Three Little Prose Poems

Vanity Fair, November 1915, Vol. 5 No. 3, p 59

(Editor’s note.—In the August issue of Vanity Fair, Arthur Symons, the English critic, contributed an impressive essay on Baudelaire. The great interest awakened by this essay has prompted us to print three of Baudelaire’s Prose Poems. No bolder task can be undertaken than the translation of prose so musical, so subtle and so profound as Baudelaire’s, but, in this difficult quandary, we have been fortunate in finding Mr. Aleister Crowley, an English translator quite equal to the task.)

THE Chinese can tell the time by looking in the eyes of a cat.

One day a missionary, while walking in the suburbs of Nankin, found that he had forgotten his watch, and asked a little boy what the time was. The gutter-snipe hesitated at first, then, recollecting himself, he replied, “I will find out for you.”

A minute later he reappeared, holding in his arms a fine big cat, and looking, as the saying is, in the whites of its eyes, he unhesitatingly said: “It is just a little before noon.”

This turned out to be the case.

As to me, if I bend over towards my beautiful Féline—so well named—who is at once the glory of her sex, the pride of my heart, and the incense of my spirit, whether it be night, or whether it be day, in the abyss of her adorable eyes I read the hour most clearly. This hour is always the same; vast, solemn, wide as space, without division into minutes or seconds; a motionless hour which is not marked on clocks. And if some importunate person were to come and disturb me while my gaze rests on this delicious dial, if some false and intolerant spirit, some demon of unlucky accident were to come and say to me: “What are you looking at with such intensity? What do you seek in the eyes of this being? Do you see the time?” I should reply unhesitatingly, “Yes, I see the time; it is eternity.”

Now, Madam, is not this really a meritorious madrigal, and as pompous as yourself? In good sooth, I have taken so much pleasure in embroidering this pretentious piece of gallantry that I shall ask you for nothing in return.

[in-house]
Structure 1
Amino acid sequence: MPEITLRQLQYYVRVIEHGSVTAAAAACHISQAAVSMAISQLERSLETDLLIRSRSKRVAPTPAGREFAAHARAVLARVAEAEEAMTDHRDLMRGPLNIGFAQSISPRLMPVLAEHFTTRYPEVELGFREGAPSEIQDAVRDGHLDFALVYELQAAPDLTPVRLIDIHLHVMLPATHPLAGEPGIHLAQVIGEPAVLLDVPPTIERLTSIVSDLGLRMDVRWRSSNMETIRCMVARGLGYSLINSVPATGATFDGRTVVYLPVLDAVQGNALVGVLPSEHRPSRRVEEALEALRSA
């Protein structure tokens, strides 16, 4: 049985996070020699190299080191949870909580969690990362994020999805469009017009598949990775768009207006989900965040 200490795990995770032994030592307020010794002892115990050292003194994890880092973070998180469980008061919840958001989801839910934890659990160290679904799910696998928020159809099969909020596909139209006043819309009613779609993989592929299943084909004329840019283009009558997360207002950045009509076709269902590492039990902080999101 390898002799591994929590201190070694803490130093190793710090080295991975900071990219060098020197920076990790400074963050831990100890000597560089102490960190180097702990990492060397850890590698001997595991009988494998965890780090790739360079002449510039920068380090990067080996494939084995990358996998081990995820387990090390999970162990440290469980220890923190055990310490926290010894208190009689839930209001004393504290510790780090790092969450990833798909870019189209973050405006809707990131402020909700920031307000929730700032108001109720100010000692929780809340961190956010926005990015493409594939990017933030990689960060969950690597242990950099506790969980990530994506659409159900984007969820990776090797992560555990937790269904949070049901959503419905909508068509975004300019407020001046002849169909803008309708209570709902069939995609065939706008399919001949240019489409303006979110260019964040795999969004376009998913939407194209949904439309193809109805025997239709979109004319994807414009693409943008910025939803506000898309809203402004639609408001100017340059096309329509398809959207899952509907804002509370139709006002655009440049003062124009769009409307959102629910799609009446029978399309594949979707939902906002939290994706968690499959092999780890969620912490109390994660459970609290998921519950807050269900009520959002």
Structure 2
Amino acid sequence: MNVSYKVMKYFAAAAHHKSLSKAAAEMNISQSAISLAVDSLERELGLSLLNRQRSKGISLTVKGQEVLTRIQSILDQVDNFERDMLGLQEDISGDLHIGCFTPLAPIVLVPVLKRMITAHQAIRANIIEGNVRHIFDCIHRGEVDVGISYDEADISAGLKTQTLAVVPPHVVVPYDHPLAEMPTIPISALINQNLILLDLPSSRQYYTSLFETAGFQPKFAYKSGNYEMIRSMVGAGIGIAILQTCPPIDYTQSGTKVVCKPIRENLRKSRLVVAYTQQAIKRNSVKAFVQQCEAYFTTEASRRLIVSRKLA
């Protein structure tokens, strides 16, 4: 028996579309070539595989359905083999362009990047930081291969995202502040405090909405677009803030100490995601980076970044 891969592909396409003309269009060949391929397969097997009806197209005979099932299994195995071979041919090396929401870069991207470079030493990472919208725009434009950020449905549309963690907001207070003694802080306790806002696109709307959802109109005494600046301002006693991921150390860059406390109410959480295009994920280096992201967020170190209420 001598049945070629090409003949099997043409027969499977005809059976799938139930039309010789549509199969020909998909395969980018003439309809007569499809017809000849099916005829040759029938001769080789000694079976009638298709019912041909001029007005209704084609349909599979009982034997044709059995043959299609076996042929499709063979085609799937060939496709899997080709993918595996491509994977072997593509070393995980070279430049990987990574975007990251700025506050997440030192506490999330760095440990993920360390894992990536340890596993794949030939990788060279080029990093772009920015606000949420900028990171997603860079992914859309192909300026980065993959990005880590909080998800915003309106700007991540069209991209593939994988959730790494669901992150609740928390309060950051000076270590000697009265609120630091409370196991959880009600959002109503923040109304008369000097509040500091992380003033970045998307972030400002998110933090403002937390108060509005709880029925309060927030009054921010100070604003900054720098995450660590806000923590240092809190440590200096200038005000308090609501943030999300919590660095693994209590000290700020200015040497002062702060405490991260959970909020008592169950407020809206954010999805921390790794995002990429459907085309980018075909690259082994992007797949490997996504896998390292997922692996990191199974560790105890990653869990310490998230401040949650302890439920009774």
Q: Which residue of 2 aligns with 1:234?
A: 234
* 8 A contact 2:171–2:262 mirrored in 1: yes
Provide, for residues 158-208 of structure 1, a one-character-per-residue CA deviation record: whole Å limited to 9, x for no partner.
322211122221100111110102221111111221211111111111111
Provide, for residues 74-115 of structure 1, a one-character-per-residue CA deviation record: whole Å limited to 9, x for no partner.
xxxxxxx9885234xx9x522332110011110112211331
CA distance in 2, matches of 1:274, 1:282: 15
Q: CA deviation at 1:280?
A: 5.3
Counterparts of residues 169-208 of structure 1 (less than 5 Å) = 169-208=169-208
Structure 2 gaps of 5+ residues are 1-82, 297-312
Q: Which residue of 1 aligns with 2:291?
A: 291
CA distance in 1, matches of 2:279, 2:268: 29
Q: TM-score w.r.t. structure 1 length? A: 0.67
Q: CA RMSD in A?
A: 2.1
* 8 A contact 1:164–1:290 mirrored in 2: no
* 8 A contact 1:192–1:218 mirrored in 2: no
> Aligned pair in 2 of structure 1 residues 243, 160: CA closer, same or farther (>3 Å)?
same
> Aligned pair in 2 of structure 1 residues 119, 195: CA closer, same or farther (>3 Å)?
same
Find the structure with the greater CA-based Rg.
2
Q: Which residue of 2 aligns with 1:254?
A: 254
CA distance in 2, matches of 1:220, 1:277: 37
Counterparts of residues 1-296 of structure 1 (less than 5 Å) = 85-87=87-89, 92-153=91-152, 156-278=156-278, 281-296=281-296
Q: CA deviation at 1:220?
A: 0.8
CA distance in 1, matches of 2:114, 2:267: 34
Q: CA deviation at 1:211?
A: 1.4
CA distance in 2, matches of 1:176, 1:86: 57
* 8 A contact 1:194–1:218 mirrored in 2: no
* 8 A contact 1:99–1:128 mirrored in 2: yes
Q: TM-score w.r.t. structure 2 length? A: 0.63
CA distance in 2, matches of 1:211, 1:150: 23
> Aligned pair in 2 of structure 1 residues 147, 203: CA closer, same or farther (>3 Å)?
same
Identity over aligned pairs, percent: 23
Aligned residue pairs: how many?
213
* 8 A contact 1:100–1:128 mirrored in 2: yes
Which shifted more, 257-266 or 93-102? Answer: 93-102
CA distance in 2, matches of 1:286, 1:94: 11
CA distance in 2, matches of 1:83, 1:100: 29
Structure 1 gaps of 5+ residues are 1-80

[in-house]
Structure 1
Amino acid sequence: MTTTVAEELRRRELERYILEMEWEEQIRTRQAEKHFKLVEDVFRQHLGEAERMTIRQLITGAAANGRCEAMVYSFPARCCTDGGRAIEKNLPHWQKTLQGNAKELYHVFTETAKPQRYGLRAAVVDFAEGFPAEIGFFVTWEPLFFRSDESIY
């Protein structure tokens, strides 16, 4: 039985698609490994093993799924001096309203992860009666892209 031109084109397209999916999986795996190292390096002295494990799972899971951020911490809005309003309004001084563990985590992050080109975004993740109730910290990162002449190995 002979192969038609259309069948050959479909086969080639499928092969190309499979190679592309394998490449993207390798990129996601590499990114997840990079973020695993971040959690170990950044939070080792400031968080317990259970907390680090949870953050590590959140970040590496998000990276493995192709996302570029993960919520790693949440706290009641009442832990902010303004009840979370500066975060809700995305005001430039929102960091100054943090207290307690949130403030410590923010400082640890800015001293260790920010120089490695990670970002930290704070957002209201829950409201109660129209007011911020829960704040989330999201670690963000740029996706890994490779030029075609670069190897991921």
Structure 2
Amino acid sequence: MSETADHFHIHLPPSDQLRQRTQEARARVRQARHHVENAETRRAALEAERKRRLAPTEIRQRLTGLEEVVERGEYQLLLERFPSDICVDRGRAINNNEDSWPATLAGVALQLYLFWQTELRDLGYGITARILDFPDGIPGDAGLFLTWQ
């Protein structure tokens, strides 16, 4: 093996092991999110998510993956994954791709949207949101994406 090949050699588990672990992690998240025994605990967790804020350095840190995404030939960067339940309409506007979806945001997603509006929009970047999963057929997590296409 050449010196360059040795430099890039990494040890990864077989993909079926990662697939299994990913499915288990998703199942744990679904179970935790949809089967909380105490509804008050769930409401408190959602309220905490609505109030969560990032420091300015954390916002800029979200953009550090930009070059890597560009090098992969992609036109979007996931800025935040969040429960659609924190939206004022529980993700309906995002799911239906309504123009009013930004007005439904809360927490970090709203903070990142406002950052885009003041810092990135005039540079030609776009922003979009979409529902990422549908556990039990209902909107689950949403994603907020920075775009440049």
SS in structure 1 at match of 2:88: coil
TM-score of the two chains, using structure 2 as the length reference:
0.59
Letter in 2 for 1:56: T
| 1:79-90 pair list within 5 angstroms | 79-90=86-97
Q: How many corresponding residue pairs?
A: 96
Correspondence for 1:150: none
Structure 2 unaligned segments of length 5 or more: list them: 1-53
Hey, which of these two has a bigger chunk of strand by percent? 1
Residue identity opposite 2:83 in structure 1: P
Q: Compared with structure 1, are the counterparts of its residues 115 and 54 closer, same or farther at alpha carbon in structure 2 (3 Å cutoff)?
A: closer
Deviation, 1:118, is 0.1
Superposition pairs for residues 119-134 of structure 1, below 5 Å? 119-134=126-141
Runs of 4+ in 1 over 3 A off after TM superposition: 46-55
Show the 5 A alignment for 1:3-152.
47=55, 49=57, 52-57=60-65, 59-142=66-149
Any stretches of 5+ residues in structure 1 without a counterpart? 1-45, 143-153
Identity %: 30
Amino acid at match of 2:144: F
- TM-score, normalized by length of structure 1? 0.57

TWO superb Satans, and a She-Devil not less remarkable than they, last night climbed the mysterious staircase by which Hell emerges to assault the weakness of a sleeping man, and secretly communicated with him. In their glory they came, as it were, upon a platform, and stood in front of me. A sulphurous splendour emanated from these three mighty Beings, cutting them from the thick darkness of the night. So proud and so masterful was their manner that at first I took them to be indeed Gods.

The face of the first Satan was epicene, and he had also in every line of his body the softness of old Bacchus. Lovely were his eyes, and languishing, of a shadowy and undecided colour, resembling violets still wetted with the heavy tears of the storm, and his half-opened lips seemed like warm caskets of perfume, whence he exhaled a subtle scent; and every time he sighed, musk-scented butterflies gat light, on their winged way, from the ardour of his breath.

Around his purple tunic was twisted as a belt a gleaming serpent, who, with raised head, turned languorously toward him his eyes that were like glowing coals. From this living girdle were suspended alternately phials full of deadly liquids, shining knives, and surgical instruments. In his right hand he held another phial, filled with a luminous red liquid, and which bore these strange words: “Drink, this my blood, the perfect cordial.”

In the left hand he bore a violin, which he used, doubtless, to sing his pleasures and his sorrows, and to spread the contagion of his folly on the nights of the Witches’ Sabbath.

From his delicate ankles dragged some rings of a broken chain of gold, and when the constraint which this occasioned him made him lower his eyes to the ground, he contemplated vaingloriously the nails of his feet, brilliant and polished like well-worked stones.

With his inconsolably sad eyes he looked upon me, with his eyes whence flowed an insidious intoxication, and he intoned these words: “If thou wilt, if thou wilt, I will make thee Lord of Souls, and thou shalt be the master of living matter, more so even than the sculptor can be of his clay, and thou shalt know the pleasure, ceaselessly re-born, of leaving thyself to forget thyself in another, and to draw other souls until thou dost confound then with thine own.”